Monday, 16 April 2012
Was Dracula Irish?
A specially commissioned portrait of Stoker by artist Aidan Hickey has been unveiled at the Concourse Gallery, Dun Laoghaire Rathdown County Hall. It will be on view there until 29th April when it moves to a permanent home at the Writers Centre, Parnell Square.
The Gallery is open 10am to 5pm, Monday to Saturday, and 11am to 5pm on Sundays.
This evening (16th), Clontarf Historical Society will be hosting a lecture by Dennis McIntyre who will present the argument that the inspiration for the vampire was uniquely Irish: his mother's tales of cholera in Sligo, St Michan's church, famine, landlords, suicide graveyards and religious tabboos. The event gets underway at St John's Hall, Clontarf Road at 8:15pm (finishes 9:30pm) and is open to the public. Admission €4.
The Royal Irish Academy on Dawson Street will be the venue on Thursday 19th April for a lecture by Terry Eagleton in which Dracula will be considered in the context of some traditional notions of evil, including the very different presentation of the idea of evil in Flann O’Brien’s The Third Policeman. It will also raise the question of Stoker’s Irish Protestant background and its relevance to his fiction. The lecture starts at 6pm. Booking at www.ria.ie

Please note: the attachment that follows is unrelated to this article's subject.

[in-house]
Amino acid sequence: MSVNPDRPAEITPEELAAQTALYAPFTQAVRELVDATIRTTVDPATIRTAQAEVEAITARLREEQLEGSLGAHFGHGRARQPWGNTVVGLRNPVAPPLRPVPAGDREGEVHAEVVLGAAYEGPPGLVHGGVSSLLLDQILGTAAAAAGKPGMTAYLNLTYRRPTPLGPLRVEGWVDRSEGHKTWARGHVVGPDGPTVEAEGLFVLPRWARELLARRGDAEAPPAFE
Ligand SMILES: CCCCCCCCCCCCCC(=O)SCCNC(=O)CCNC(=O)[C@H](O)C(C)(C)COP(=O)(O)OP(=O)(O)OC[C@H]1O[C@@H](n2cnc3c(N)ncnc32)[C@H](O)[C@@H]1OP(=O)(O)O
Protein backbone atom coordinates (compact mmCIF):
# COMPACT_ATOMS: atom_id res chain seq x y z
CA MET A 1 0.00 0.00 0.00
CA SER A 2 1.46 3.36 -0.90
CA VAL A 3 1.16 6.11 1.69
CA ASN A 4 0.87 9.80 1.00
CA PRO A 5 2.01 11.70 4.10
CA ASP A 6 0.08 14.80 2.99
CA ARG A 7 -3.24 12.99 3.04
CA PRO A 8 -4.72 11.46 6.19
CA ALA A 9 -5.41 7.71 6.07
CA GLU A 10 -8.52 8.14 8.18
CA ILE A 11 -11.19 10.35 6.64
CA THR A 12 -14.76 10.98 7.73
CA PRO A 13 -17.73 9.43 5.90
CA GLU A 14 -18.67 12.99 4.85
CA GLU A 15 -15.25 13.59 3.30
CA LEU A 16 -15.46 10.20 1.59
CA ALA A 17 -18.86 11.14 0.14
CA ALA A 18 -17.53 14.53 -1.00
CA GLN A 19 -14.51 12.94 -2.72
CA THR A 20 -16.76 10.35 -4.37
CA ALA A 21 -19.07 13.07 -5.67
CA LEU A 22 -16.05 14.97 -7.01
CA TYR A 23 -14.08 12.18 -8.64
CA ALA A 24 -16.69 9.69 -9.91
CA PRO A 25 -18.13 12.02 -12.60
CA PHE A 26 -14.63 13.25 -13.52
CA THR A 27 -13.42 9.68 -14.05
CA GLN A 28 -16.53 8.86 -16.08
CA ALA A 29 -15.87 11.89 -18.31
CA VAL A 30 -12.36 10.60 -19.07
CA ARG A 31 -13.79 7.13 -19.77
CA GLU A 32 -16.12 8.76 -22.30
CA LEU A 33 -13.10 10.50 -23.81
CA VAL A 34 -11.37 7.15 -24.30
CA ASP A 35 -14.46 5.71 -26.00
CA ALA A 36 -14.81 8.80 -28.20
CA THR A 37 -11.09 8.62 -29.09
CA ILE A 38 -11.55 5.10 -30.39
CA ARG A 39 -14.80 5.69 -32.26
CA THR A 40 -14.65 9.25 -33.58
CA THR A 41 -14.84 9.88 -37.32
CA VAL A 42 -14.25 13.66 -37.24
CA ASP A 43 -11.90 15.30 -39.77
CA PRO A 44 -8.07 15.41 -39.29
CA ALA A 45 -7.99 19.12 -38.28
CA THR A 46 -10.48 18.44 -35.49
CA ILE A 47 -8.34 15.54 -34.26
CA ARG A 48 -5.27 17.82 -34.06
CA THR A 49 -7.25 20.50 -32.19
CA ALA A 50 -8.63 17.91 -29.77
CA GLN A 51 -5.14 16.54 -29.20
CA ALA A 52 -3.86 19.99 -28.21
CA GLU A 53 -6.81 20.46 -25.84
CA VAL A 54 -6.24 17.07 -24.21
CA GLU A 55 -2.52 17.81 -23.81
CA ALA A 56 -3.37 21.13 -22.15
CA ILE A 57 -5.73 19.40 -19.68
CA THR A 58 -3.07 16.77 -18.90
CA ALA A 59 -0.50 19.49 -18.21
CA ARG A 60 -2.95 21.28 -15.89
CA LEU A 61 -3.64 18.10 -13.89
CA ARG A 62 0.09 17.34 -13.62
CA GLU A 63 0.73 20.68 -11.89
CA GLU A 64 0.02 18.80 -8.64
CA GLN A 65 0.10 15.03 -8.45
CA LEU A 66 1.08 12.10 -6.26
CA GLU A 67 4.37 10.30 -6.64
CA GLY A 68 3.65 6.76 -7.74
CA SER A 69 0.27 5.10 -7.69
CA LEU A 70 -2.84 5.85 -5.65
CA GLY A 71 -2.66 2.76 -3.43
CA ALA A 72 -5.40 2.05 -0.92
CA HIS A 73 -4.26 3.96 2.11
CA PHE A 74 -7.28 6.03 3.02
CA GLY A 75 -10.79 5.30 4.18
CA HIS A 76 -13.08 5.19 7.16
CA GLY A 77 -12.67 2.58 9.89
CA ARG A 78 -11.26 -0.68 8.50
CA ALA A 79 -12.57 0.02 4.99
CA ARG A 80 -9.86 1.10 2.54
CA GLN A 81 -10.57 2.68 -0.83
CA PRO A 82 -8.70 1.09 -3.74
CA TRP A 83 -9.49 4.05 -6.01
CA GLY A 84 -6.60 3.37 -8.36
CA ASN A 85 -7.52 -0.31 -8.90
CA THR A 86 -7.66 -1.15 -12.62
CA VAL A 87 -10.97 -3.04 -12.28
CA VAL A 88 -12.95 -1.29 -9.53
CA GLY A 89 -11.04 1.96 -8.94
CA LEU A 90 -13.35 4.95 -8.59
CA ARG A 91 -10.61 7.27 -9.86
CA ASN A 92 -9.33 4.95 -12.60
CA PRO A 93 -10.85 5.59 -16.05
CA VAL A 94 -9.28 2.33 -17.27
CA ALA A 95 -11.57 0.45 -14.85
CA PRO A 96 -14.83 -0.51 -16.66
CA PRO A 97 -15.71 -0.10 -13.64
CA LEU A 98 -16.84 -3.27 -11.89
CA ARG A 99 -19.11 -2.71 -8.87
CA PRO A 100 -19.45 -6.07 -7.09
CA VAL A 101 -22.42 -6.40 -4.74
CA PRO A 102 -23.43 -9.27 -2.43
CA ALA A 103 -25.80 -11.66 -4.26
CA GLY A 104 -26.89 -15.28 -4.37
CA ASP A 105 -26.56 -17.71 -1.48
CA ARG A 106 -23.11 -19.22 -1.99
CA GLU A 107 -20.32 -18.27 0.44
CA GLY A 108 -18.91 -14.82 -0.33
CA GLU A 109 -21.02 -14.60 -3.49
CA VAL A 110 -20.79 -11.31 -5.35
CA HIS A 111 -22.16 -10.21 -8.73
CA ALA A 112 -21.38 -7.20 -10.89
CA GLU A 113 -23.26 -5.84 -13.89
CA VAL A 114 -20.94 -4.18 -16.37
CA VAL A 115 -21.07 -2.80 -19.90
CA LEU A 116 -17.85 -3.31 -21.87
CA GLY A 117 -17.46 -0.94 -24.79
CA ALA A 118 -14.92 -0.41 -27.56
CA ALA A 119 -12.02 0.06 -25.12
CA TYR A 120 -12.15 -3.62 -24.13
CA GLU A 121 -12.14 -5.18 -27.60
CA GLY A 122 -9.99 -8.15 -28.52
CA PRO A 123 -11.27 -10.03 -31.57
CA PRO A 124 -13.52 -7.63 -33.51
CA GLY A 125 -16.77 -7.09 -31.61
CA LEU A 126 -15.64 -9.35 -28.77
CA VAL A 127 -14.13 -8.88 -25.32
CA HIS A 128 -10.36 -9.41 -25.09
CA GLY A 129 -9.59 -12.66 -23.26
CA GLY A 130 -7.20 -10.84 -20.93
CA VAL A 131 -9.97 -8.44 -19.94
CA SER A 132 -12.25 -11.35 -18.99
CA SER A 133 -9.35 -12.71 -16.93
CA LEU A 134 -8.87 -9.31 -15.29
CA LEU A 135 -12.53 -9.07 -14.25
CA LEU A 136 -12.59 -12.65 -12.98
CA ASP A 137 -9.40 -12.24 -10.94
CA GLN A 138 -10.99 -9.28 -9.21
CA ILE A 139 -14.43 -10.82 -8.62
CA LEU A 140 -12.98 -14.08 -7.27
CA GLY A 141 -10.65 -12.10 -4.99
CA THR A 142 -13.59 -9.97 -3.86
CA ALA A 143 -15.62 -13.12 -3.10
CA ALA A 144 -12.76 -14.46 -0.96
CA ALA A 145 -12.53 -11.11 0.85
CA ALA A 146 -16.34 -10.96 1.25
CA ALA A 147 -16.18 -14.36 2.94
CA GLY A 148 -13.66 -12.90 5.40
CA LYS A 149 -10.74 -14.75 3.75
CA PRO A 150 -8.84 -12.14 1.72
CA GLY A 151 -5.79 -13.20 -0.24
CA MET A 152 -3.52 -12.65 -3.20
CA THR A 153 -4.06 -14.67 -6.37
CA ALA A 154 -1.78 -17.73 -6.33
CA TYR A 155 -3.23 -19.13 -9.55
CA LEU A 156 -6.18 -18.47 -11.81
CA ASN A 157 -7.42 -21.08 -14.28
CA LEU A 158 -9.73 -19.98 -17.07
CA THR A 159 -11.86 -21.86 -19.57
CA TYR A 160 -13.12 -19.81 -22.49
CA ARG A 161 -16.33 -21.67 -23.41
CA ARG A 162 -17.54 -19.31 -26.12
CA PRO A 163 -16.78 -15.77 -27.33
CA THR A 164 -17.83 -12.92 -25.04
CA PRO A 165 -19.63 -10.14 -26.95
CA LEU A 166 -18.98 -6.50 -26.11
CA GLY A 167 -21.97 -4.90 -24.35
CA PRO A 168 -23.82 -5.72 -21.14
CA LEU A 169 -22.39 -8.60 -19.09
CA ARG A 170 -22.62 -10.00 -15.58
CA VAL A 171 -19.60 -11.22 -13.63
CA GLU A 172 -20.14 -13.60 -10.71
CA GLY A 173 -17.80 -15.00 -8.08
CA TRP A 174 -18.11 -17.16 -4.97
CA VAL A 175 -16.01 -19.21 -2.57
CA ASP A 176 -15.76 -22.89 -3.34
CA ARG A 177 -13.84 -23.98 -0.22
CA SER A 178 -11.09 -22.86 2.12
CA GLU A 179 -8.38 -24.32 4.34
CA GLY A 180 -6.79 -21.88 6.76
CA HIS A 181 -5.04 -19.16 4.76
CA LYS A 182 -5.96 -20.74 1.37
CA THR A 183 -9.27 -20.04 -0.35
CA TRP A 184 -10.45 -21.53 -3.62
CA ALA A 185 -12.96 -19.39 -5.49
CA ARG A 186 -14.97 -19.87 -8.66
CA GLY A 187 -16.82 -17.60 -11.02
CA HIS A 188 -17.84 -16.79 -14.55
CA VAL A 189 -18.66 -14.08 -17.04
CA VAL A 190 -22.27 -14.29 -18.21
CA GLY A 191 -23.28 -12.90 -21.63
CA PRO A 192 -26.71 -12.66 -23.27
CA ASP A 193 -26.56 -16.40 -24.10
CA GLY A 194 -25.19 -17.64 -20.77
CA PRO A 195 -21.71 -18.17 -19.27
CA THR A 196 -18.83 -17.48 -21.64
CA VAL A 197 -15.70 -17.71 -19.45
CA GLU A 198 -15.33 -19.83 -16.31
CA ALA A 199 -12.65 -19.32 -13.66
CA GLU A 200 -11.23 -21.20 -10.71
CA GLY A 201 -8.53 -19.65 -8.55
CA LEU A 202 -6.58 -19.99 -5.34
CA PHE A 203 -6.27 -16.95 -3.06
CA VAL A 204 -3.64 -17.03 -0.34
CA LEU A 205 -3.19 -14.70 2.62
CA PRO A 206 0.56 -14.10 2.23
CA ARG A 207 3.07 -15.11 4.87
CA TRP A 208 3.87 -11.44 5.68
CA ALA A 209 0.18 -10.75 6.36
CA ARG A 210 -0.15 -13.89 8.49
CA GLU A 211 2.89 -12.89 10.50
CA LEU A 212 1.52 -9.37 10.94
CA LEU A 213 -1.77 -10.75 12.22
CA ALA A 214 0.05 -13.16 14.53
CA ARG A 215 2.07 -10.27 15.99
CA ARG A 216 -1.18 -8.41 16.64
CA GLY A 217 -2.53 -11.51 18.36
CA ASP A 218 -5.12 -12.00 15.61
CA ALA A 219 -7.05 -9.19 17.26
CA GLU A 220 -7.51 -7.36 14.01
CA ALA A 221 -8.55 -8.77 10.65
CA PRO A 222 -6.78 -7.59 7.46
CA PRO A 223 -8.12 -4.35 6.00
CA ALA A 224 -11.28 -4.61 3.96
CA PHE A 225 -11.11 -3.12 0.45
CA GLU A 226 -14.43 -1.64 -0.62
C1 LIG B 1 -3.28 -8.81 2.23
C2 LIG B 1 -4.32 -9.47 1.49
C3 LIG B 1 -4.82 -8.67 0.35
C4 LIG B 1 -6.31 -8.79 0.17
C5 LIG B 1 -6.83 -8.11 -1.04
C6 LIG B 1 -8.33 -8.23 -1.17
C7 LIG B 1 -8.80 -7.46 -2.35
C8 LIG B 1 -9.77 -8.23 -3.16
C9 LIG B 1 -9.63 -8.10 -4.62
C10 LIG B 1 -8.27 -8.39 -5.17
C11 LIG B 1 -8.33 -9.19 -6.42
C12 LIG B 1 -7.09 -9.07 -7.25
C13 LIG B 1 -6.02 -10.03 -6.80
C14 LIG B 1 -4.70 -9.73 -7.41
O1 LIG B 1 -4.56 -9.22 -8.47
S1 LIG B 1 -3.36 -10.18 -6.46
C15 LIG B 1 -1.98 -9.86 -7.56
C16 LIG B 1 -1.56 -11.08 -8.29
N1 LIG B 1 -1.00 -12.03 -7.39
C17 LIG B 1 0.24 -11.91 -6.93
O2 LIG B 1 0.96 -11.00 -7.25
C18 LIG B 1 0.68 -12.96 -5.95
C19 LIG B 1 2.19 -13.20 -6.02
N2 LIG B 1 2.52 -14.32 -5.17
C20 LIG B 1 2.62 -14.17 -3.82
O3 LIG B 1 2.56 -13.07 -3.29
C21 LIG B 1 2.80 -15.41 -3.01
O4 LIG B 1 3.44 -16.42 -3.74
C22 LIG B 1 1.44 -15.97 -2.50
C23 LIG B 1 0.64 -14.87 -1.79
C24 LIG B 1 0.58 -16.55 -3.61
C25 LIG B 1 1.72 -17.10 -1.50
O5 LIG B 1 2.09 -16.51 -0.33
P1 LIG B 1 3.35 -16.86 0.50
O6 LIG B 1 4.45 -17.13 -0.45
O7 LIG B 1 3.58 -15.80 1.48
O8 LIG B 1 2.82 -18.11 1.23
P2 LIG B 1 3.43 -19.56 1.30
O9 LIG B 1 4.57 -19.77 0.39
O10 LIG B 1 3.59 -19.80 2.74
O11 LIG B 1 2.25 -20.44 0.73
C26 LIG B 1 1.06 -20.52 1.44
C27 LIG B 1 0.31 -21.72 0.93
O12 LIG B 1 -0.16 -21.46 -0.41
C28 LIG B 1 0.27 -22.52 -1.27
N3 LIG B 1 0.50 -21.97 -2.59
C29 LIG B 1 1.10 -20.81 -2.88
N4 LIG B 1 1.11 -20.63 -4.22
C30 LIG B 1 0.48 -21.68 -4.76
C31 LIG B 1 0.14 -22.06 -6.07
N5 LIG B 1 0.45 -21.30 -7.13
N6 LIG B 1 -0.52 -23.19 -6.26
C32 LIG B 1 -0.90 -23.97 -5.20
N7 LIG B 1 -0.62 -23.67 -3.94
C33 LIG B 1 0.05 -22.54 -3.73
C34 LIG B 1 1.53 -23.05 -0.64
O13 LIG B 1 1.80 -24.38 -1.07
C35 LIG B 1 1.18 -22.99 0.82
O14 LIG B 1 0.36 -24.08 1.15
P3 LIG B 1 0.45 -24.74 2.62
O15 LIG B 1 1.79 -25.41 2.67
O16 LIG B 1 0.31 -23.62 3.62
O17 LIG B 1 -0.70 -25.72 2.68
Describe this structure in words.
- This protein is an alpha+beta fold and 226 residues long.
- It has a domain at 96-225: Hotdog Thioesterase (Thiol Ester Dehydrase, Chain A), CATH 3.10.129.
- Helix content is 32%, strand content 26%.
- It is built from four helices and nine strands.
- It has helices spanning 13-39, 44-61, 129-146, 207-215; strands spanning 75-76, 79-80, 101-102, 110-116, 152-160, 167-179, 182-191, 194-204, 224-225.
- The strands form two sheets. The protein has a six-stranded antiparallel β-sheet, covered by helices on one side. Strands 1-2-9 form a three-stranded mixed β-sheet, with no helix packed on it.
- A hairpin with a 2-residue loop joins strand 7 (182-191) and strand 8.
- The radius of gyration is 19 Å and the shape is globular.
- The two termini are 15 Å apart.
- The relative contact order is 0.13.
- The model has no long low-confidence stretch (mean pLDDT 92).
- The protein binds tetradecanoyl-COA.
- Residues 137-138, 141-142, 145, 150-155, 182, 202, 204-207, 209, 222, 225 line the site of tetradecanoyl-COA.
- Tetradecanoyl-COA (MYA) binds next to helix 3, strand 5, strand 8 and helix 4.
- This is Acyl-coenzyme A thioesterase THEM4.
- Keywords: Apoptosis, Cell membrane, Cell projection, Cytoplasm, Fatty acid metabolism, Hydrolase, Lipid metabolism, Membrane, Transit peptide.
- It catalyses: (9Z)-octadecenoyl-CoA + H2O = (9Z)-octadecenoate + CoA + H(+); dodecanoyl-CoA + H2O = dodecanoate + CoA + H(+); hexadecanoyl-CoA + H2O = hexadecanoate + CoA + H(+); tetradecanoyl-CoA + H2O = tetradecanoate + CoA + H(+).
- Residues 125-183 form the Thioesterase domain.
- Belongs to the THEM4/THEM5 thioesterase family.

Also on Thursday 19th is a book launch at the Writers Museum, 18 Parnell Square. Stoker: The Lost History by Gabriel Murray explores new research discovered by the author when writing a new screenplay on Dracula's creator. Short lectures will also be presented by Gabriel Murray and John J May. The event starts at 7:30pm.
Friday 20th will see a dramatised reading in costume of exerpts from Stoker's Dracula at the Writers Museum, 18 Parnell Street, Dublin. This starts at 1:10pm.
Additionally, two Bram Stoker commemorative postage stamps will be released by AN Post on the 19th.
See following post: Dracula was Irish - the genealogical evidence.
Posted by Claire Santry, Irish Genealogy News